The word vodka is a diminutive of the Russian word voda meaning water. The first known distillery was located about 500 miles east of Moscow at Khylnovsk in 1174. Polish historians claim vodka was distilled in Poland even earlier in the 8th century, but since this was distilled wine it could also be considered an early brandy.
In the Middle Ages, distilled liquor was mostly used medicinally. By the 14th century a British Ambassador to Moscow described vodka as the Russian national drink and by the mid 16th century it was also constituted the national drink of Poland and Finland.
In early times production methods were crude and vodka contained impurities. To mask these, vodka makers flavored the liquor with fruit, herbs or spices. During this time the methods used to remove impurities were seasoning, aging and freezing.
By the middle of the 15th century, a new pot distilling technique came to Russia and Poland. Such a technique uses heat applied directly to a pot containing fermented mash, or raw vodka. The heated vapor or steam of the alcoholic liquid contains more alcohol than the mash liquid itself. When such vapor is condensed, the resulting liquid contains a higher concentration of alcohol than the original liquid. About this time, vodka began to be produced in larger quantities and during the next century or so, Russia and Poland became exporters.
In Russia early in the seventeen hundreds, the right to own a distillery was held exclusively by the nobility. At this time there were many varieties of aromatized vodka, but there was no overall standard. Production was typically a process where alcohol was distilled twice, diluted with milk, distilled again, water added to bring it to the required strength and then flavoring added prior to a final distillation. During this period a St. Petersburg professor discovered a method to use charcoal to filtrate the vodka mix in order to purify it. Prior to this time vodka was typically filtered through felt cloth or fine sand and therefore contained many impurities.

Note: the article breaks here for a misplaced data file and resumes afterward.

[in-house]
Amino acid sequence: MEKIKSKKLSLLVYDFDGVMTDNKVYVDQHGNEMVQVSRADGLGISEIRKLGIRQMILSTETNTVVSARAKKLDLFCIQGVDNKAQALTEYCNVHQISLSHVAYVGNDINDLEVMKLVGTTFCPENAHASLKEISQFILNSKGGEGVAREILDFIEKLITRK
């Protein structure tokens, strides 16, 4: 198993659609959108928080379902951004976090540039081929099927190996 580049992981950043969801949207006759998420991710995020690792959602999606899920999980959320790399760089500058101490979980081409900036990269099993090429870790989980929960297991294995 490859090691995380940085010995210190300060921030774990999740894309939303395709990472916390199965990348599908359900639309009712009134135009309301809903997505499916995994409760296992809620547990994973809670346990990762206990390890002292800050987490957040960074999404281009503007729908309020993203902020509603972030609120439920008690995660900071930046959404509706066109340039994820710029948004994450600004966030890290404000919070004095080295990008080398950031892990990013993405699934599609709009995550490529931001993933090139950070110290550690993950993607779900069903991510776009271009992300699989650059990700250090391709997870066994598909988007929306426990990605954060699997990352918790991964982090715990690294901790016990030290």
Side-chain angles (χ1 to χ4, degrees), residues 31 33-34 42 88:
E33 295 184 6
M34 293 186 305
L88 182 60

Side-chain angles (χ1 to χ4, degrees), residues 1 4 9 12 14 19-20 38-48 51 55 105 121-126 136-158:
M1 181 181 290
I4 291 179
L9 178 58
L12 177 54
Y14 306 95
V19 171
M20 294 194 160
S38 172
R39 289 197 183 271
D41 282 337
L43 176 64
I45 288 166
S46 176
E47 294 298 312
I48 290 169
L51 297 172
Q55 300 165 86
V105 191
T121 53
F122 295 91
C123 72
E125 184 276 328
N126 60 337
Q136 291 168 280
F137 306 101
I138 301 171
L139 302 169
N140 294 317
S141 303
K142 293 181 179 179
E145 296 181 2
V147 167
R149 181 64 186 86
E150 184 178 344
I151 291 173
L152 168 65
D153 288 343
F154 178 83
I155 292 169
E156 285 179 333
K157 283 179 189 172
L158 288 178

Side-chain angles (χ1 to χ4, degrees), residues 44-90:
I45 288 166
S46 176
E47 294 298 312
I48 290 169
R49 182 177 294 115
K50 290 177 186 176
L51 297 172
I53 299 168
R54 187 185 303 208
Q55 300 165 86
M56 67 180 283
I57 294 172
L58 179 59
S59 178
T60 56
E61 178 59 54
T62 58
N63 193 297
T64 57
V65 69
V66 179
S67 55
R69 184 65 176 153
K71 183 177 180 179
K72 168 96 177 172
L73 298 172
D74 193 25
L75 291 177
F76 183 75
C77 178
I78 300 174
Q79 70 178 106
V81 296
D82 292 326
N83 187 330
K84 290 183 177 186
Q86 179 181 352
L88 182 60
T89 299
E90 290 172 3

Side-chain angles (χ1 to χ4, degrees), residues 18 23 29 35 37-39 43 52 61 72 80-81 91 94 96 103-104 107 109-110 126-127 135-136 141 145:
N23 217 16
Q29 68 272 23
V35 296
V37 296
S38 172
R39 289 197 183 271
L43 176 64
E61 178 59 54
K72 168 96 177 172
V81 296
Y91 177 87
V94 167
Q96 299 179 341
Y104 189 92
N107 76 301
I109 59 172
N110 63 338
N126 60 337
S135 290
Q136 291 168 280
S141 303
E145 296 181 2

The awareness of vodka spread throughout the 19th century, assisted by the presence of Russian soldiers in many parts of Europe, especially during the Napoleonic Wars. In order to meet demand, lower grade vodka products were produced, mainly using distilled potato mash. There were so many distilleries in Russia in the late eighteen hundreds that the Czarist government attempted to reduce the number of distilleries. When this failed, a law was enacted making the production and distribution of vodka a state monopoly. Only at this time, when production was standardized through state control, was the name vodka officially used and formally recognized.
There were no U.S. vodka distilleries until the 1930s and the spirit was rarely consumed outside Europe before the 1950’s. By 1975 the sale of vodka in the U.S. surpassed bourbon, previously the most popular hard liquor.
Today, vodka is generally drunk neat in Scandinavia and Eastern Europe, although its international popularity is also due to its use in cocktails and mixed drinks.
This article was written for Paul's Place by: Miguel Ylareina